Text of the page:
Monday, November 21, 2011

A Pastor's lament on Twilight

This movie seems to be taking America, and our youth by storm.  And it seems strongly appealing to women, because of its strong message on Romance and the theme of validation of personhood.  But are the answers it's giving really Biblical?  And what of the occult nature of the film, is it okay for Christians to watch and enjoy, or to be obsessed with such a topic?

Some people will make the case that Twilight is simply fantasy.  Fantasy is a powerful thing, because it engages the person's imagination and feelings, and now with movie media, it may employ fantastical effects and music, which manipulates the emotions.  Many of today's movies and TV series employ the use of these computerized effects with music to manipulate the audience and bring them in line with the message of the movie.  And emotions are a powerful thing. 

Some may make the case that Twilight is no different than C.S. Lewis' use of fantasy.  But here's where the difference lies, in Lewis' chronicles of Narnia, they employ analogies to convey Biblical, spiritual truths to children, as Aslan was an accurate analogy of Christ dying for the sins of Edmund (the world; Jn. 3:16).  But Twilight is using occult ritual, belief and lore to teach about the "un-dead," those cursed to live an eternal darkness, yet it is portrayed in the movies as being a good thing to be on the side of darkness and eternally accursed (Is. 5:20)!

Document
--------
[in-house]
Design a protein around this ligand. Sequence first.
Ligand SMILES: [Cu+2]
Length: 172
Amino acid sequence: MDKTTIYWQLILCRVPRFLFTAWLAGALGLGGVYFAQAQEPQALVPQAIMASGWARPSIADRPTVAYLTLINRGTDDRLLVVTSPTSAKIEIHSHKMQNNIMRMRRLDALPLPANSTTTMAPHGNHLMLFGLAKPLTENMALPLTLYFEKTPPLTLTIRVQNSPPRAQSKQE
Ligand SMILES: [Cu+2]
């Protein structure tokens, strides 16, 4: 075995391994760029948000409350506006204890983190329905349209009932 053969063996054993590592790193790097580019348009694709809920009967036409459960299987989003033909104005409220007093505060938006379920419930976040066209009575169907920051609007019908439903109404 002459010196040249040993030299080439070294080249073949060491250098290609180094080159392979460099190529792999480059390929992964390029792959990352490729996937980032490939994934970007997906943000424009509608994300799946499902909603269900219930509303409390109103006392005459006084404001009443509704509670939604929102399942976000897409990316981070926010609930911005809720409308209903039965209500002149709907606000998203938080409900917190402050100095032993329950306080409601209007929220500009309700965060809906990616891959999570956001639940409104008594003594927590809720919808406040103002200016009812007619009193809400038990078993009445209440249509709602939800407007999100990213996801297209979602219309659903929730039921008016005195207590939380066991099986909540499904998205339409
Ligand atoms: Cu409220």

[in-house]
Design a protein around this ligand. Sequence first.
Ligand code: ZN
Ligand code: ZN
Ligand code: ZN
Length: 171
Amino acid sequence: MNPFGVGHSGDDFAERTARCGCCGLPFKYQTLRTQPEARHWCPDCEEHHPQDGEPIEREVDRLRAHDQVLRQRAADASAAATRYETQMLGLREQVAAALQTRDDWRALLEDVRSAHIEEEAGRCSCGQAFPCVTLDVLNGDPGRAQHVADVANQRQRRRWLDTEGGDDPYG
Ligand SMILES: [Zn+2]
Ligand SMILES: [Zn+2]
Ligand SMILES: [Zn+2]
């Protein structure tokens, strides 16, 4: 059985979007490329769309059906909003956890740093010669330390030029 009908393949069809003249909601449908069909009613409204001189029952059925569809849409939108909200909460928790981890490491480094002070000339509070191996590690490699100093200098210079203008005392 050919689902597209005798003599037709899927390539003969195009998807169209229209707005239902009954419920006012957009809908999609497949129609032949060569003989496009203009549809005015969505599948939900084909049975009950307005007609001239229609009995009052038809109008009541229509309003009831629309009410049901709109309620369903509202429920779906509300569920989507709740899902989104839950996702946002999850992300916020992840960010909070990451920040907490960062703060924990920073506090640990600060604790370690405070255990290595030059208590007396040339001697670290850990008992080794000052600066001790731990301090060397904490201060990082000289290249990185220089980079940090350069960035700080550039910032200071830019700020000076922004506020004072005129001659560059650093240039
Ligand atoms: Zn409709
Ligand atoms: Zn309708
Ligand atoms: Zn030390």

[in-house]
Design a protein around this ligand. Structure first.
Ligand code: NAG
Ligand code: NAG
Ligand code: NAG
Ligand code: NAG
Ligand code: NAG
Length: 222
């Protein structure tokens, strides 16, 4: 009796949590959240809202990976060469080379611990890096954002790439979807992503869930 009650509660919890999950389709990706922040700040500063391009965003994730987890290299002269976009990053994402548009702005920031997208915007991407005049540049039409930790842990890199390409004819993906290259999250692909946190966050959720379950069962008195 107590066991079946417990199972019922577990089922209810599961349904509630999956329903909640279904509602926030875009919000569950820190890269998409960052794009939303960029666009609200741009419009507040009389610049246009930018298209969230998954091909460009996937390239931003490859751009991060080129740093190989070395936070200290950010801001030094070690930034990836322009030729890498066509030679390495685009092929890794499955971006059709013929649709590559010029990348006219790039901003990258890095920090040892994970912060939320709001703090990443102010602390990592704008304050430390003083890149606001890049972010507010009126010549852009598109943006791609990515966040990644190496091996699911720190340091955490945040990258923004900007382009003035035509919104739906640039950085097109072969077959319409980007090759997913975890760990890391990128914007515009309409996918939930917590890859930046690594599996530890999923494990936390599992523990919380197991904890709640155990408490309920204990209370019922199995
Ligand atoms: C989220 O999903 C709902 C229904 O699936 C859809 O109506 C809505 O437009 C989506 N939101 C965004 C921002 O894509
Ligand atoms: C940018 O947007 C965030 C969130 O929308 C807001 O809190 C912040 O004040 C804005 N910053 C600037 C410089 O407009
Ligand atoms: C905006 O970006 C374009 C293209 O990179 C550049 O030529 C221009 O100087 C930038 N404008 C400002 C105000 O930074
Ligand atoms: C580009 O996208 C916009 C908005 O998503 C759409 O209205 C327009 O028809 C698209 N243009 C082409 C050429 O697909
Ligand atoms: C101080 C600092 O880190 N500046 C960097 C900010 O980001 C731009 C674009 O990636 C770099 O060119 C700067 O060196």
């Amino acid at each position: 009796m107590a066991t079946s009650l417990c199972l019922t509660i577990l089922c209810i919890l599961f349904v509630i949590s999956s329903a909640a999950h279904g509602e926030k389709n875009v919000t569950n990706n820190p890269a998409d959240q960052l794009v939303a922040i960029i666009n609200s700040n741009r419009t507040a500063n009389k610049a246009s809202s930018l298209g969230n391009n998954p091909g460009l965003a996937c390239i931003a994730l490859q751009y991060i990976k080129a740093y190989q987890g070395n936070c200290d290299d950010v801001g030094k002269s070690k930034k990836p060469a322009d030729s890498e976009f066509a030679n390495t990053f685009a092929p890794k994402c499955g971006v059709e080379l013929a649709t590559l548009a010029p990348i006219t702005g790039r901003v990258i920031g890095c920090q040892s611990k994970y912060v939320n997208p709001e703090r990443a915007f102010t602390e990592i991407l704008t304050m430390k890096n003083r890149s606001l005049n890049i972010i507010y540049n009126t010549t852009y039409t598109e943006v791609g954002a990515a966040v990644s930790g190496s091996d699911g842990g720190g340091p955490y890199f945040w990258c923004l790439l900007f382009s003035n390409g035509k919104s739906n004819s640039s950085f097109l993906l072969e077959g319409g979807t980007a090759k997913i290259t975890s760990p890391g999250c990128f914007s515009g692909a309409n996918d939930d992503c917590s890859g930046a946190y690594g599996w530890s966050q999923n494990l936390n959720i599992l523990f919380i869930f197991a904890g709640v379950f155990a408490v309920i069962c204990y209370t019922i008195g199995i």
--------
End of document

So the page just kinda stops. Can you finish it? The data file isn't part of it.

Wicca is known to be one of the fastest growing religions in America today. Our kids' exposure/desensitization to witchcraft/sorcery and magic that has appeared exponentially on TV shows today. It's one of Satan's tools, people are indoctrinated through movies.

"We know that the whole world lies in the power of the evil one." 1 Jn. 5:19

"in which you formerly walked, according to the prince of the power of the air, of the spirit that is now working in the sons of disobedience." Eph. 2:2

These verses tell us that Satan controls the world (remember when he offered Jesus the kingdoms of the world), and that he is presently working in the world.

Acts 19 speaks of when Paul was in Ephesus, a great center for witchcraft, sorcery and astrology, and tells how in verse Acts 19:19, a mass number of Christians who had not yet renounced witchcraft renounced and burnt their magical papyri, totalling 50,000 days wages.  Even though this people had accepted Christ as Lord and Savior, and were now indwelt with the holy spirit, they had not renounced their association with or practice of witchcraft, of 'daimon guides,' who were spirits that took up residence within the people, and brought other daimons in the name of serving the practitioner.  After seeing the failed attempt of an exorcism performed by non-believers in the name of Jesus, the believers saw the reality of the message of Christ, and of His complete authority over demons (by their own admission), they then renounced and burnt their books which instructed them in the ways of the demonic.1 

The Apostle Peter warns believers: "Be of sober spirit, be on the alert, your adversary, the devil prowls around like a roaring lion, seeking someone to devour." (1 Ptr. 5:8).